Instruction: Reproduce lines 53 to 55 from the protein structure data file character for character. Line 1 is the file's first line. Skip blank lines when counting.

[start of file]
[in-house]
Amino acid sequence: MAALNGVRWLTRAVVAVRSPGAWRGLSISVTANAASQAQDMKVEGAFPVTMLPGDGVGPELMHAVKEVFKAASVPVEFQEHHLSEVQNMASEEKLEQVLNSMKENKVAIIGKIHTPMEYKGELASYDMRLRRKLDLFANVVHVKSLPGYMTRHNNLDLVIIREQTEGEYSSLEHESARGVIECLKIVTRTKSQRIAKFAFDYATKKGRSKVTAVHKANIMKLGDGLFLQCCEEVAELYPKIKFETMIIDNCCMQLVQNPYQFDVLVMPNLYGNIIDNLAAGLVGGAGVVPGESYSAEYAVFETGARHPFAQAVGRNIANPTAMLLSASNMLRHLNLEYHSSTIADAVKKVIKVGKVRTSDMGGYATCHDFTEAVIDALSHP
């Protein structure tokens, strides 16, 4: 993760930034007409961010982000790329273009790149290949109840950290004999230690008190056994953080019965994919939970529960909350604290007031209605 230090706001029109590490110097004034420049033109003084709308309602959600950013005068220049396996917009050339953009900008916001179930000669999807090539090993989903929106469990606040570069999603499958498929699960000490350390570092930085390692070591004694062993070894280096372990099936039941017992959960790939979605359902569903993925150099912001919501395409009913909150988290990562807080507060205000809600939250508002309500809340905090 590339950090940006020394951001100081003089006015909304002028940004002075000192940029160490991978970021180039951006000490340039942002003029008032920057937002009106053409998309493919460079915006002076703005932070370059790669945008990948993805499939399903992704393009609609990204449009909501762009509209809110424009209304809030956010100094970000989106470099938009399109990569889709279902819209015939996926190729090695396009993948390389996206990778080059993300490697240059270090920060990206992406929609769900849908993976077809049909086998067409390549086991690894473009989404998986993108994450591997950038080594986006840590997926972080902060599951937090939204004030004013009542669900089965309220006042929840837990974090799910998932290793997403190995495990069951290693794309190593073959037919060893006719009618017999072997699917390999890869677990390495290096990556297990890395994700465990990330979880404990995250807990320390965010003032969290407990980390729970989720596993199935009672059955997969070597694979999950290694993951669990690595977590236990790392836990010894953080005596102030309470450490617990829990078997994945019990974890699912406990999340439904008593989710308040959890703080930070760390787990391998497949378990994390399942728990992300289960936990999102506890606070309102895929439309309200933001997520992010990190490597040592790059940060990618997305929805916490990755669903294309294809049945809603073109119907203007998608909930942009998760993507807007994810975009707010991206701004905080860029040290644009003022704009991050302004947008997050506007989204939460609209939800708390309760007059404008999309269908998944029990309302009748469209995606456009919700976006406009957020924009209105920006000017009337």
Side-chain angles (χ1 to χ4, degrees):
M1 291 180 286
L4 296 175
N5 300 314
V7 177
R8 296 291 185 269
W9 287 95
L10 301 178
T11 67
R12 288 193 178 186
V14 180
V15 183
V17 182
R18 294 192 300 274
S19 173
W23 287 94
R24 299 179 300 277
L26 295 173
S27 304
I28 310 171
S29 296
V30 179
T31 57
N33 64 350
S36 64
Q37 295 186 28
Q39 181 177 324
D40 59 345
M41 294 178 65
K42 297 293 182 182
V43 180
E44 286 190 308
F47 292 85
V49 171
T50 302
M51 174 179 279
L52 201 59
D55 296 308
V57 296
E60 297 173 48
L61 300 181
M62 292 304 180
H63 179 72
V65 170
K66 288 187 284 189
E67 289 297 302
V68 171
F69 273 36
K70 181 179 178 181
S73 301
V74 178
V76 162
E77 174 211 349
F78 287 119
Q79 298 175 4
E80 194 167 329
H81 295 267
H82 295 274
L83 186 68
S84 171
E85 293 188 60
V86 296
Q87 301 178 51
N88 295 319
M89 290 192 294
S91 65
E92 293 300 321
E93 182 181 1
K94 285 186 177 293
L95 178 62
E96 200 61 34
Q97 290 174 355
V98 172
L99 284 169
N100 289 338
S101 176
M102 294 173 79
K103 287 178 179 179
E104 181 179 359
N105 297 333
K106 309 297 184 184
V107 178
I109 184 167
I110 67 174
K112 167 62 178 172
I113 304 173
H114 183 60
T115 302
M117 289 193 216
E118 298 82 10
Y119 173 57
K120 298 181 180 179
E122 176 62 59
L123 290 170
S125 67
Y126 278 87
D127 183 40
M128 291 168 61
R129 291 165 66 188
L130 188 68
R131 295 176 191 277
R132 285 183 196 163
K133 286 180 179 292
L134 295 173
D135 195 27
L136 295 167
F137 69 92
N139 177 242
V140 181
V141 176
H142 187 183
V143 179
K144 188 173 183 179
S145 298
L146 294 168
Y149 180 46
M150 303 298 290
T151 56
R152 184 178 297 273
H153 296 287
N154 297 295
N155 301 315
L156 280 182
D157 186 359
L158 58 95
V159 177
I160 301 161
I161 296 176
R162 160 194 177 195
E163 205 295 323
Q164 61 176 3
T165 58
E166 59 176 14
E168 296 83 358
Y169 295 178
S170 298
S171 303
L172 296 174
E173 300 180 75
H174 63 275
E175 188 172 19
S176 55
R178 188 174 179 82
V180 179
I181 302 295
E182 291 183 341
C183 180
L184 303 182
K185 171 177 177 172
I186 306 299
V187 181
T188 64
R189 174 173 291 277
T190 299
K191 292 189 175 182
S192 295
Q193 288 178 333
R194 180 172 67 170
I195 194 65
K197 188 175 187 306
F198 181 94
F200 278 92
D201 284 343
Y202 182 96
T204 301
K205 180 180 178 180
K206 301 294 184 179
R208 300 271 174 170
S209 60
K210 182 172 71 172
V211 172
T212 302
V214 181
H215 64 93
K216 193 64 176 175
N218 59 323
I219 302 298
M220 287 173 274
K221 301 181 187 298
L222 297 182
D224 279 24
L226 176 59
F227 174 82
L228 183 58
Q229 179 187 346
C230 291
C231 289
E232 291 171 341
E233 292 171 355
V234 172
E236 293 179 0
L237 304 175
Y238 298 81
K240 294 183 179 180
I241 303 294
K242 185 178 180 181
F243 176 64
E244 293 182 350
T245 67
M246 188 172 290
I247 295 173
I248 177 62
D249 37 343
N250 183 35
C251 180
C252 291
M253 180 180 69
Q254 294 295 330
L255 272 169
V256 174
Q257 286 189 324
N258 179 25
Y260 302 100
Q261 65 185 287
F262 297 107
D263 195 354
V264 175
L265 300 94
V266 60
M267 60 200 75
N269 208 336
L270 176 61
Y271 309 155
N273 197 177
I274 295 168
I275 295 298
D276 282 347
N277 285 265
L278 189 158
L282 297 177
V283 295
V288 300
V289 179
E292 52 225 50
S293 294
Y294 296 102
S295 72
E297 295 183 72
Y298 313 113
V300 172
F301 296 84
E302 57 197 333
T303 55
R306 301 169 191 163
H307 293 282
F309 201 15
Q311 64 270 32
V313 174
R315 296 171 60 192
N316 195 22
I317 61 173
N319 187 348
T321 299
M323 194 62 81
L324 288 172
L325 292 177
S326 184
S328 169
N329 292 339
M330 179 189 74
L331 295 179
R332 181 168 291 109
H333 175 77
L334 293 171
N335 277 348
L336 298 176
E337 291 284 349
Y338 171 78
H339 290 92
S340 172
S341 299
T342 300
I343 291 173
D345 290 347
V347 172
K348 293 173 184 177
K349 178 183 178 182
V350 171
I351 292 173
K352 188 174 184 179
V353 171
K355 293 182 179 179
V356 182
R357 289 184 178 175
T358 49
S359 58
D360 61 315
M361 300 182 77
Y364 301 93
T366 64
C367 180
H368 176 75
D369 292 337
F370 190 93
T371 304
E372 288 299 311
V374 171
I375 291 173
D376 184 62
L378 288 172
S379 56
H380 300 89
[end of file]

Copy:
S73 301
V74 178
V76 162